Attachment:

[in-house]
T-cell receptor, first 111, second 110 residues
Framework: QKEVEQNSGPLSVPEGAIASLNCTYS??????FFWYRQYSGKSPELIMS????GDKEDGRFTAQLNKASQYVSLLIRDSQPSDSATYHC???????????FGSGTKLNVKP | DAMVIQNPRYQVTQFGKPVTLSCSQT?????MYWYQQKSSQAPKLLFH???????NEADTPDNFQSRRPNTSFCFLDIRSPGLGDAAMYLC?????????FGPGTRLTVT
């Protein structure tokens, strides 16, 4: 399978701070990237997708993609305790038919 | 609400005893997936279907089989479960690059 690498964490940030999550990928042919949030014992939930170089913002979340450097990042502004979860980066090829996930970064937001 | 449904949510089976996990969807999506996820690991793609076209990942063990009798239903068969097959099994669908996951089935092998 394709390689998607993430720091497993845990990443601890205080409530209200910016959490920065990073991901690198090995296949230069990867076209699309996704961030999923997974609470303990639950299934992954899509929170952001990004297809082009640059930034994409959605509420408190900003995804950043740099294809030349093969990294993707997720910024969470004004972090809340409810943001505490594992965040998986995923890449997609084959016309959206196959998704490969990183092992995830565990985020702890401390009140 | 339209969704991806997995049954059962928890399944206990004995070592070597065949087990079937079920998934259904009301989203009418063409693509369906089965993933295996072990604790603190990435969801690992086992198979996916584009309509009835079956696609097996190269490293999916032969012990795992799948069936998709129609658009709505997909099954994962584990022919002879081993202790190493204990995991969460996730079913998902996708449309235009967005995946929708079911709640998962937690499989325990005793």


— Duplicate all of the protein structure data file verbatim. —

[in-house]
T-cell receptor, first 111, second 110 residues
Framework: QKEVEQNSGPLSVPEGAIASLNCTYS??????FFWYRQYSGKSPELIMS????GDKEDGRFTAQLNKASQYVSLLIRDSQPSDSATYHC???????????FGSGTKLNVKP | DAMVIQNPRYQVTQFGKPVTLSCSQT?????MYWYQQKSSQAPKLLFH???????NEADTPDNFQSRRPNTSFCFLDIRSPGLGDAAMYLC?????????FGPGTRLTVT
């Protein structure tokens, strides 16, 4: 399978701070990237997708993609305790038919 | 609400005893997936279907089989479960690059 690498964490940030999550990928042919949030014992939930170089913002979340450097990042502004979860980066090829996930970064937001 | 449904949510089976996990969807999506996820690991793609076209990942063990009798239903068969097959099994669908996951089935092998 394709390689998607993430720091497993845990990443601890205080409530209200910016959490920065990073991901690198090995296949230069990867076209699309996704961030999923997974609470303990639950299934992954899509929170952001990004297809082009640059930034994409959605509420408190900003995804950043740099294809030349093969990294993707997720910024969470004004972090809340409810943001505490594992965040998986995923890449997609084959016309959206196959998704490969990183092992995830565990985020702890401390009140 | 339209969704991806997995049954059962928890399944206990004995070592070597065949087990079937079920998934259904009301989203009418063409693509369906089965993933295996072990604790603190990435969801690992086992198979996916584009309509009835079956696609097996190269490293999916032969012990795992799948069936998709129609658009709505997909099954994962584990022919002879081993202790190493204990995991969460996730079913998902996708449309235009967005995946929708079911709640998962937690499989325990005793």